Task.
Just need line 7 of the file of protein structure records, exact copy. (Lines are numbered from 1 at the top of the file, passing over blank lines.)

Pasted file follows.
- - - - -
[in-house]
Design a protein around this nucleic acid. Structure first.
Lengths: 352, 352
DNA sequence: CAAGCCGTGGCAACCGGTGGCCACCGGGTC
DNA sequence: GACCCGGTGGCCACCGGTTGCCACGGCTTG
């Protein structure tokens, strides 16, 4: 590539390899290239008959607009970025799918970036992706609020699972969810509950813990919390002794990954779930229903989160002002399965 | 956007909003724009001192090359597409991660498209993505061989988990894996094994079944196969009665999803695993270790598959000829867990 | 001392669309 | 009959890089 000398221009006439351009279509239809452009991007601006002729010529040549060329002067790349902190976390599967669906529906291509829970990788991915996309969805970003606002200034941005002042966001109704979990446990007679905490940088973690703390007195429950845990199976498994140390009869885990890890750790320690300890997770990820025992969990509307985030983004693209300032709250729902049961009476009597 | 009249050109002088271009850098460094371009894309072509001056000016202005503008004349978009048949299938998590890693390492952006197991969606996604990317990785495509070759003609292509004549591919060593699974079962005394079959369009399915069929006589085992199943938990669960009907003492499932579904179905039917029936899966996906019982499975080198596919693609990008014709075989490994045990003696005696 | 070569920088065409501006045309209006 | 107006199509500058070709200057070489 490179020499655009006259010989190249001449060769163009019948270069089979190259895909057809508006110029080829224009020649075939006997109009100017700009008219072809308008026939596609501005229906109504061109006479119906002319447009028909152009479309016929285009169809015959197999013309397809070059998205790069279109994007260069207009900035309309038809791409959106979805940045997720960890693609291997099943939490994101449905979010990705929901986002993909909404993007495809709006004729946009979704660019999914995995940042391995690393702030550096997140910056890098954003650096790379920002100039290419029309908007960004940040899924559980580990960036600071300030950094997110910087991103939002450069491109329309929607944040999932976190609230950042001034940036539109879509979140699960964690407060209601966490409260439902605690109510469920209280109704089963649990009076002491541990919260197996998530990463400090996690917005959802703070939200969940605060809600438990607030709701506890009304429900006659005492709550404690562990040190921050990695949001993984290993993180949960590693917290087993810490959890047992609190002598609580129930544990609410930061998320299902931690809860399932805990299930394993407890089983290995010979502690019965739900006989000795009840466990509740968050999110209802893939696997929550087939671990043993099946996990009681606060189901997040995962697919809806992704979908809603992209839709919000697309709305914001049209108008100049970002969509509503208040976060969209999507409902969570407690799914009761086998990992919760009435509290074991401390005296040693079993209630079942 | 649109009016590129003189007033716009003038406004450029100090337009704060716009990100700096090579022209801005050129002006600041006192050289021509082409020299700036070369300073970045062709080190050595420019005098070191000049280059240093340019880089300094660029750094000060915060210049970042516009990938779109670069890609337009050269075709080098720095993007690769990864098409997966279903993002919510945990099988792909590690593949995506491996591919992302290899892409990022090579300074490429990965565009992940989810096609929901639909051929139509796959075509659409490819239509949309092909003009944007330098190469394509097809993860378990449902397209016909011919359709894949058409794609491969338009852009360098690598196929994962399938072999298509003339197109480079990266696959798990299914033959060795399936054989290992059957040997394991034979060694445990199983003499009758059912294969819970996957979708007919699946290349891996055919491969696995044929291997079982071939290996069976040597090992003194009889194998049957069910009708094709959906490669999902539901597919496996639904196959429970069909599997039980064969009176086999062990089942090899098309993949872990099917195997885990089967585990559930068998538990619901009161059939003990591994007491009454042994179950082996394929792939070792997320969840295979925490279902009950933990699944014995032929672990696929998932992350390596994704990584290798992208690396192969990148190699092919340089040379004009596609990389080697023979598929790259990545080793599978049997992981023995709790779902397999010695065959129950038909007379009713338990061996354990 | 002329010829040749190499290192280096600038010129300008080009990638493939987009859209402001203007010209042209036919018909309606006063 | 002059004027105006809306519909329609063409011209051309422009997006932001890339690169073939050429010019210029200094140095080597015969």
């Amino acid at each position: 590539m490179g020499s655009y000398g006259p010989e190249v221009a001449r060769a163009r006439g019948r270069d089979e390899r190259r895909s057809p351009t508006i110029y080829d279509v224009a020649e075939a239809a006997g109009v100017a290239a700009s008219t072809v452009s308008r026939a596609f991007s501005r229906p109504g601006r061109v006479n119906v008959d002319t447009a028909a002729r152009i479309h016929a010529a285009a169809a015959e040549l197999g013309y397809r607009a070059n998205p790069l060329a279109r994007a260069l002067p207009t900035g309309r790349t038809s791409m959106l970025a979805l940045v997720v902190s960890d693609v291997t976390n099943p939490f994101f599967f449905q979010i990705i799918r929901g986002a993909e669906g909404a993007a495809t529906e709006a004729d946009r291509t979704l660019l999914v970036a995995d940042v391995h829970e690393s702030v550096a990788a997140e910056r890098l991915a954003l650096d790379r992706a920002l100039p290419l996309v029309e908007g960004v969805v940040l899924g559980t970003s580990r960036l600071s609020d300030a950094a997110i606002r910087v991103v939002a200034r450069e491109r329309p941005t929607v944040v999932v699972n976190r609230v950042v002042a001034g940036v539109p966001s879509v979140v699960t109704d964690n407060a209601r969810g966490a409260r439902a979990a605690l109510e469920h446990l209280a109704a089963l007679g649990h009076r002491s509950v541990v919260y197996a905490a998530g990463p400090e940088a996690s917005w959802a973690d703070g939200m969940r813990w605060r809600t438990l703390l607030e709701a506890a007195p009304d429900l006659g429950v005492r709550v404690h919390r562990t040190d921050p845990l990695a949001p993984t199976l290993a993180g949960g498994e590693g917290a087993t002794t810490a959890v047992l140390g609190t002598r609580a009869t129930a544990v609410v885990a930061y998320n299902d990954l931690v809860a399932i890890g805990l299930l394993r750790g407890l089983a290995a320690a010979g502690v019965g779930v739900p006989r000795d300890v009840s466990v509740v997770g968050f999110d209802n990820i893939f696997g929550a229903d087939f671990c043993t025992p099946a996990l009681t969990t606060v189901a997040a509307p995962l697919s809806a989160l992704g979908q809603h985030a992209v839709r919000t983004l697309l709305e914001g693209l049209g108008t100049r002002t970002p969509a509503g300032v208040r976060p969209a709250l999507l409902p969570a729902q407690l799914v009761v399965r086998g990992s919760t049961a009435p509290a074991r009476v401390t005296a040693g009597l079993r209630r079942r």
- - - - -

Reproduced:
């Amino acid at each position: 590539m490179g020499s655009y000398g006259p010989e190249v221009a001449r060769a163009r006439g019948r270069d089979e390899r190259r895909s057809p351009t508006i110029y080829d279509v224009a020649e075939a239809a006997g109009v100017a290239a700009s008219t072809v452009s308008r026939a596609f991007s501005r229906p109504g601006r061109v006479n119906v008959d002319t447009a028909a002729r152009i479309h016929a010529a285009a169809a015959e040549l197999g013309y397809r607009a070059n998205p790069l060329a279109r994007a260069l002067p207009t900035g309309r790349t038809s791409m959106l970025a979805l940045v997720v902190s960890d693609v291997t976390n099943p939490f994101f599967f449905q979010i990705i799918r929901g986002a993909e669906g909404a993007a495809t529906e709006a004729d946009r291509t979704l660019l999914v970036a995995d940042v391995h829970e690393s702030v550096a990788a997140e910056r890098l991915a954003l650096d790379r992706a920002l100039p290419l996309v029309e908007g960004v969805v940040l899924g559980t970003s580990r960036l600071s609020d300030a950094a997110i606002r910087v991103v939002a200034r450069e491109r329309p941005t929607v944040v999932v699972n976190r609230v950042v002042a001034g940036v539109p966001s879509v979140v699960t109704d964690n407060a209601r969810g966490a409260r439902a979990a605690l109510e469920h446990l209280a109704a089963l007679g649990h009076r002491s509950v541990v919260y197996a905490a998530g990463p400090e940088a996690s917005w959802a973690d703070g939200m969940r813990w605060r809600t438990l703390l607030e709701a506890a007195p009304d429900l006659g429950v005492r709550v404690h919390r562990t040190d921050p845990l990695a949001p993984t199976l290993a993180g949960g498994e590693g917290a087993t002794t810490a959890v047992l140390g609190t002598r609580a009869t129930a544990v609410v885990a930061y998320n299902d990954l931690v809860a399932i890890g805990l299930l394993r750790g407890l089983a290995a320690a010979g502690v019965g779930v739900p006989r000795d300890v009840s466990v509740v997770g968050f999110d209802n990820i893939f696997g929550a229903d087939f671990c043993t025992p099946a996990l009681t969990t606060v189901a997040a509307p995962l697919s809806a989160l992704g979908q809603h985030a992209v839709r919000t983004l697309l709305e914001g693209l049209g108008t100049r002002t970002p969509a509503g300032v208040r976060p969209a709250l999507l409902p969570a729902q407690l799914v009761v399965r086998g990992s919760t049961a009435p509290a074991r009476v401390t005296a040693g009597l079993r209630r079942r």